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Materials

Arthur C. Cope Scholar: E. W. (Bert) Meijer

by Bethany Halford
February 27, 2012 | APPEARED IN VOLUME 90, ISSUE 9

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Credit: DSM Research
Meijer
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Credit: DSM Research
Meijer

Like all Dutch students, E. W. (Bert) ­Meijer had to decide upon a major before he could begin his university studies in the Netherlands. With his natural aptitude for science, Meijer could have easily chosen physics or biology. But he settled upon chemistry, he says, because it was rooted in physical laws but also required one’s imagination.

Imagination, it turns out, has played an important part in Meijer’s career. For his “creative and visionary use of supramolecular interaction to create novel functional self-assembled architectures, which has introduced new materials and the concept of multistep noncovalent synthesis,” Meijer is being honored with this award.

For the past 20 years, Meijer, who is 56, has been teaching and conducting research at Eindhoven University of Technology, in the Netherlands. He is currently Distinguished University Professor of Molecular Sciences, professor of organic chemistry, and director of the Institute for Complex Molecular Systems.

But Meijer took a major detour before beginning his academic career. After completing his doctoral studies in traditional organic chemistry at the University of Groningen, in the Netherlands, Meijer spent a decade as an industrial researcher in his home country, working at Philips Research Laboratories in Eindhoven and at DSM Research in Geleen. “Due to that detour,” he says, “I came to the conclusion that I could really bring something additional to materials science if I used a purely organic chemistry approach.”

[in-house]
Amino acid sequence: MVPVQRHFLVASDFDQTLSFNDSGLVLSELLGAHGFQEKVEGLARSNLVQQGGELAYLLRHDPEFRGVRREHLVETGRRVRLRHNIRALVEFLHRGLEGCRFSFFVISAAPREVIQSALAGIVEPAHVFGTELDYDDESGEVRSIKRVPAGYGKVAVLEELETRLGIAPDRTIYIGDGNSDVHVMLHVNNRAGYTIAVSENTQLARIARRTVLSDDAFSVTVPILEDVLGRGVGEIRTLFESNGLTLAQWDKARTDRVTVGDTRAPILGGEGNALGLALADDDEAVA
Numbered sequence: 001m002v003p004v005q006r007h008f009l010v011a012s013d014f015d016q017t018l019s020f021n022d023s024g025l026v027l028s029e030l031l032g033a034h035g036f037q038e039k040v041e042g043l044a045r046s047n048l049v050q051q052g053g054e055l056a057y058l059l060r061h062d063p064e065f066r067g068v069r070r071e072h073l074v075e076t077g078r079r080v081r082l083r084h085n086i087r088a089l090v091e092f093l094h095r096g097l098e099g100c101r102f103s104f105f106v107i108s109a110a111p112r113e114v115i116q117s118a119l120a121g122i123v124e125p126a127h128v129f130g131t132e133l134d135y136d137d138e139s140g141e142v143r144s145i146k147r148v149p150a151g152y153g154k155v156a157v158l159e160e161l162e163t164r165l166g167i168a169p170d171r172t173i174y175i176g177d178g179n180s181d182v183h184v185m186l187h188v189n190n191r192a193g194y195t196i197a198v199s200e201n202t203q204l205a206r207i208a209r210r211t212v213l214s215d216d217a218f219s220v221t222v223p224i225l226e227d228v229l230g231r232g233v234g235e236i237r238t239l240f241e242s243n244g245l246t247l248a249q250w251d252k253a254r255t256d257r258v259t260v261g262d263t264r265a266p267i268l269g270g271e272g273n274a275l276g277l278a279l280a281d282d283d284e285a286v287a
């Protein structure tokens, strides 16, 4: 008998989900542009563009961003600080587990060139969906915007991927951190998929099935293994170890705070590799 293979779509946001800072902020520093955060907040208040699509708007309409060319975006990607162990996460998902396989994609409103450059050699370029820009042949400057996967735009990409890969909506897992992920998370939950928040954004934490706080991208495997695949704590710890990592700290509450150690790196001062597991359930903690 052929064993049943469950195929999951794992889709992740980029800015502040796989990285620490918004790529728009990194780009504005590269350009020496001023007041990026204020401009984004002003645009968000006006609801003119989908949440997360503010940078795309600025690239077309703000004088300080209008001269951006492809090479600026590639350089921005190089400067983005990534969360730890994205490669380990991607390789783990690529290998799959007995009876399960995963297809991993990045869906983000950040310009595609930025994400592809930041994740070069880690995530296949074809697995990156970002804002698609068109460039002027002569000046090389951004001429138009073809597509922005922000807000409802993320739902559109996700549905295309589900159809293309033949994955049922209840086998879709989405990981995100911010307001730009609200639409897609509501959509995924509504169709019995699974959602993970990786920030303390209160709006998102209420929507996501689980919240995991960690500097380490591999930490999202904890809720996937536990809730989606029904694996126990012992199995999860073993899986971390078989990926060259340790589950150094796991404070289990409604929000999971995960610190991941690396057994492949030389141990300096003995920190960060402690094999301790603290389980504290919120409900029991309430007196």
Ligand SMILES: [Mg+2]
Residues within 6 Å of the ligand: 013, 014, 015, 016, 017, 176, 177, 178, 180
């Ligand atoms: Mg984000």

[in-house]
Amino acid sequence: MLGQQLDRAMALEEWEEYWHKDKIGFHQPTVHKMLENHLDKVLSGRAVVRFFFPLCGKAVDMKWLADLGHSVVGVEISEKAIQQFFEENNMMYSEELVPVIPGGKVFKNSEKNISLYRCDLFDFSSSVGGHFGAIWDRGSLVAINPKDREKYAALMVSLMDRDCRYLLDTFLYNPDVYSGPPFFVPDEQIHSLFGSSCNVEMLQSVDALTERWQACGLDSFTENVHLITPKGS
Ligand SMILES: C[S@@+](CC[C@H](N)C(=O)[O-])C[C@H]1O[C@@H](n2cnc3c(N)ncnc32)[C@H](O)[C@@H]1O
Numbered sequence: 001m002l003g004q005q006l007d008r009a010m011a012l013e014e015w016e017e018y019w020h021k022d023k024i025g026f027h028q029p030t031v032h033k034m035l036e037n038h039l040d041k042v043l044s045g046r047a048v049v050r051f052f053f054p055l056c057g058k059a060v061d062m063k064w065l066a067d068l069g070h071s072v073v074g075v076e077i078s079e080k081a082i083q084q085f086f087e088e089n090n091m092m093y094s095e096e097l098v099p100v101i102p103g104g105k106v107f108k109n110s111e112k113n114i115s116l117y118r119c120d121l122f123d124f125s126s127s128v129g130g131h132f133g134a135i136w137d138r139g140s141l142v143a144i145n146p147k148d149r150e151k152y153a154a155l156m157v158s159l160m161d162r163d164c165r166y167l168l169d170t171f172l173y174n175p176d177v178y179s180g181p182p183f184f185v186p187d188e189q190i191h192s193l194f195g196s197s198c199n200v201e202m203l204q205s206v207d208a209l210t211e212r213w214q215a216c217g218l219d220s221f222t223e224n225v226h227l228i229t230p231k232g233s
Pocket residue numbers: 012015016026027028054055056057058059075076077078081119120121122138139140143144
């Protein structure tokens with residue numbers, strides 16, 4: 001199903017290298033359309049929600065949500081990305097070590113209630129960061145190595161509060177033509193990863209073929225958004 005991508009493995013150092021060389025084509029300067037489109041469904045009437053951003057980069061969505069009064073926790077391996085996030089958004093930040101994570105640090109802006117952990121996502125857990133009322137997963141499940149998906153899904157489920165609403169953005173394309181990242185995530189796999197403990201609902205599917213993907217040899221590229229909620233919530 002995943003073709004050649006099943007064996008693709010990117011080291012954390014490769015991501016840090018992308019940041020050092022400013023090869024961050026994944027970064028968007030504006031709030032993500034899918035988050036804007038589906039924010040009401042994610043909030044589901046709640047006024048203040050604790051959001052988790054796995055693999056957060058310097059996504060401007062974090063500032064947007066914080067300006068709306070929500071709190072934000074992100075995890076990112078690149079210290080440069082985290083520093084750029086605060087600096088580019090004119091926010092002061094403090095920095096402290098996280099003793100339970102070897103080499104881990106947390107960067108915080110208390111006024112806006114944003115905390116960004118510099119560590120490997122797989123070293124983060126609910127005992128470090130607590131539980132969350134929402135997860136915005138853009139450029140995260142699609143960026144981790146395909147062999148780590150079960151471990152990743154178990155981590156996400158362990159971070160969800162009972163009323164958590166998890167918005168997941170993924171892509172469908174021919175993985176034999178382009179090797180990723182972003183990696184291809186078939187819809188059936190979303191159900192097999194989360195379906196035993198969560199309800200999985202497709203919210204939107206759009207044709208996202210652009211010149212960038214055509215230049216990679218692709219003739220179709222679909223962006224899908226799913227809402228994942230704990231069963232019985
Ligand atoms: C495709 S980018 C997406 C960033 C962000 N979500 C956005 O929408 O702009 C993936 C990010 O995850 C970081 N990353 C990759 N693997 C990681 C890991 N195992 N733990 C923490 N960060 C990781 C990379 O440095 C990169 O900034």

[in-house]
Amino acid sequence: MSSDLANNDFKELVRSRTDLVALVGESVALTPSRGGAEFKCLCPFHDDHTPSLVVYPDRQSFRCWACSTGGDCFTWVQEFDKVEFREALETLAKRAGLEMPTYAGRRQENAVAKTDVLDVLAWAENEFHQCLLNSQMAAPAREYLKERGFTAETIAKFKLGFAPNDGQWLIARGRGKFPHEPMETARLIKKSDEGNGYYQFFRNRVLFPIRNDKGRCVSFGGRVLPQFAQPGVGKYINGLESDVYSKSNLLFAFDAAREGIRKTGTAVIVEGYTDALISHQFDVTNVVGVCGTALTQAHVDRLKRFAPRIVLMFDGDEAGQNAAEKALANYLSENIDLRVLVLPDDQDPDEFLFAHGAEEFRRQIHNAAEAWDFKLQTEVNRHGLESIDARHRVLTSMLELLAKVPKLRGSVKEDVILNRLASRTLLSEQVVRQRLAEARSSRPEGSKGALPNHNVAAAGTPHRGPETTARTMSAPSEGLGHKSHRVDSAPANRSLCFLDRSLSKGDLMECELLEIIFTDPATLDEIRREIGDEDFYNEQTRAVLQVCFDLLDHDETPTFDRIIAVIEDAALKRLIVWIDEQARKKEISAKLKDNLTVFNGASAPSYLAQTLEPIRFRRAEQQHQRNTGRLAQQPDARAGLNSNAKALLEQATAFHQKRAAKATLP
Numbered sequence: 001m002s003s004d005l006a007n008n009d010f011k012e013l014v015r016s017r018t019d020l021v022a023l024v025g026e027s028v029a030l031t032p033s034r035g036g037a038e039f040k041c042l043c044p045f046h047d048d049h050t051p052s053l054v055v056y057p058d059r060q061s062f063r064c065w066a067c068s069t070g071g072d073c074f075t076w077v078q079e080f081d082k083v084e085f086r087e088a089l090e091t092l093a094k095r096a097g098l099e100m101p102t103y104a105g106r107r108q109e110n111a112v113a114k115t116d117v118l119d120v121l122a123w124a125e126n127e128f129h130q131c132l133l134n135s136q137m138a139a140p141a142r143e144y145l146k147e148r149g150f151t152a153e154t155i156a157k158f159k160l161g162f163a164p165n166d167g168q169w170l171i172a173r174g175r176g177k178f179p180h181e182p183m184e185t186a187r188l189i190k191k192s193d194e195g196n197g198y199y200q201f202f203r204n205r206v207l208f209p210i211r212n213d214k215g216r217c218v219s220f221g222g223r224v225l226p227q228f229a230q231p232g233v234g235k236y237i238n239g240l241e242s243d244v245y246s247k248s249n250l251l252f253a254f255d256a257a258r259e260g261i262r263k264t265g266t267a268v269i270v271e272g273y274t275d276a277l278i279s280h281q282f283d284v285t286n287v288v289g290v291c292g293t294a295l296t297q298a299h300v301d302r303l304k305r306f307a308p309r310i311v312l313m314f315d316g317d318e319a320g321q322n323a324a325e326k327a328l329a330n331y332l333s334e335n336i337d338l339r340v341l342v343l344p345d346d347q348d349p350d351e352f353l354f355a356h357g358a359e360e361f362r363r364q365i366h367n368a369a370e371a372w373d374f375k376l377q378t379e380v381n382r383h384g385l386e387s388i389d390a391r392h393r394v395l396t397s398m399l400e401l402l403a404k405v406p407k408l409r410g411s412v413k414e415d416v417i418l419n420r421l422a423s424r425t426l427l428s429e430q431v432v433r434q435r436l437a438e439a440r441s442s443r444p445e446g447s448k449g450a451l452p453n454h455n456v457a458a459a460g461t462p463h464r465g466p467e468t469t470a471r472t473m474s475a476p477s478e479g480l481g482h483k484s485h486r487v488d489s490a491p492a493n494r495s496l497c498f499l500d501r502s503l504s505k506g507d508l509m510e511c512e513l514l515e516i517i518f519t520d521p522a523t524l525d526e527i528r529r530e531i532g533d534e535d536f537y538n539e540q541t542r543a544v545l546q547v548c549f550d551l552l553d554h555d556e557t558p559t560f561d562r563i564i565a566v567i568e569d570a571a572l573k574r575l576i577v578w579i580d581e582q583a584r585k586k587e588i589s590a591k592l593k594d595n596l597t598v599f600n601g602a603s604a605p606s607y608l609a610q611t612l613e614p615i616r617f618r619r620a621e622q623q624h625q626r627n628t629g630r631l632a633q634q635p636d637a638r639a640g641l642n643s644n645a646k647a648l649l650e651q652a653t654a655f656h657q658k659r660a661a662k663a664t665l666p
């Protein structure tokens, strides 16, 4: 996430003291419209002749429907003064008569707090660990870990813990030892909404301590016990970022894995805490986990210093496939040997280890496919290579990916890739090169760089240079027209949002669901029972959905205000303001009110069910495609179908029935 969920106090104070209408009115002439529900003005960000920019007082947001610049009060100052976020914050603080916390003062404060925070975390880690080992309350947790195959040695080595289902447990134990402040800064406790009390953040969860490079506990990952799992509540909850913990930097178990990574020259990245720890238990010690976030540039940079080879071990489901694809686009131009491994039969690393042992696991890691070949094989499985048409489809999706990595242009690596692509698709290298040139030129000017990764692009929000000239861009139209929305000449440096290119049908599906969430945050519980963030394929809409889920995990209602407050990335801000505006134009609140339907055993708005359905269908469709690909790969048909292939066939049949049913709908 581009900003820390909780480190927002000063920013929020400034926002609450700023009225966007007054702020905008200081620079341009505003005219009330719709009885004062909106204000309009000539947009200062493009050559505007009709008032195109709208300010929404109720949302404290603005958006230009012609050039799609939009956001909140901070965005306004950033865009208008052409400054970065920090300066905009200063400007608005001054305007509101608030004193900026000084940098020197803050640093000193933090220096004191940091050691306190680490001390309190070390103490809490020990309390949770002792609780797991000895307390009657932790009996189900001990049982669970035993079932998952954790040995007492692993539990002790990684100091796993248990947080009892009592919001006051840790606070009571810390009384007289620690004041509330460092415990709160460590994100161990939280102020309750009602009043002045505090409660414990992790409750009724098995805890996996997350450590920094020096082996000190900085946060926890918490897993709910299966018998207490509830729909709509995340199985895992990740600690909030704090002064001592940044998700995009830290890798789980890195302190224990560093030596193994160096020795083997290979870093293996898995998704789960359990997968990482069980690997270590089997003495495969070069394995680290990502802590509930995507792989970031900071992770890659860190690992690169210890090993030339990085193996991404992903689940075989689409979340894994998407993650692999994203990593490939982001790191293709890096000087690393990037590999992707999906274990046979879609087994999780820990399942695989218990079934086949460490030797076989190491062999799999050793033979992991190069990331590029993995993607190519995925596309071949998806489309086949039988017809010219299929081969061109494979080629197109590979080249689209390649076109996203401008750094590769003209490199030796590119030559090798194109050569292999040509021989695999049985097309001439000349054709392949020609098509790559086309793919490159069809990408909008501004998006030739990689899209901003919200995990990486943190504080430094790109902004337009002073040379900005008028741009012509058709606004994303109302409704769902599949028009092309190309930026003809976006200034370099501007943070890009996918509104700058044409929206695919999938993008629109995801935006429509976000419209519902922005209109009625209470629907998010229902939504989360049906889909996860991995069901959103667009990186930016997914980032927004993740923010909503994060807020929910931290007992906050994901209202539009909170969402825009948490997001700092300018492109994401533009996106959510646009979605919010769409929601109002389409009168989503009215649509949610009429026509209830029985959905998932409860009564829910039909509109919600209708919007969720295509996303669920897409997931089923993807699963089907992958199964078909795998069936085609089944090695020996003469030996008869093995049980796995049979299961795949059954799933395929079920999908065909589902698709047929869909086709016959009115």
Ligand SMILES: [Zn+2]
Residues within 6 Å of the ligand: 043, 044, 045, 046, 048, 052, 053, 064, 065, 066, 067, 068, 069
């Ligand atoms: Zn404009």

Indeed, by bringing his organic chemistry skill set to materials science, Meijer has introduced a new class of dendrimers and has developed the concept of supramolecular electronics and supramolecular polymers. More recently, Meijer has been working in the area of complex molecular systems. The challenge in this new area of organic chemistry is to create multicomponent functional systems by combining covalent and noncovalent synthesis.

“I think the strength of chemistry is making things,” Meijer says. “For centuries, it was making molecules. For the future, it will be synthesizing objects out of more than one molecule.”

Meijer has “contributed enormously to the evolution of chemistry by exploring and developing the field of supramolecular chemistry and closing the gap between organic chemistry and materials science,” says Craig J. Hawker, a materials science and chemistry professor at the University of California, Santa Barbara.

“There are few who can boast Meijer’s conceptual impact in the areas of dendrimers, conducting polymers, chiral assembly and recognition of polymers, self-assembly, and dynamic noncovalent macromolecules,” adds Massachusetts Institute of Technology chemistry professor Timothy M. Swager. “Bert is generally the first to make a discovery, authoritatively characterize the properties, and establish a new paradigm.”

“The biggest hurdle that you have is to continuously go out of your comfort zone,” Meijer says of his success pushing the boundaries of science. “But that’s what keeps me excited.”

In addition to his research and teaching, Meijer often speaks about science to the general public. He gives talks to schoolchildren and even gave a lecture at the Lowlands outdoor music festival in the Netherlands, speaking about why we cannot make life in the lab.

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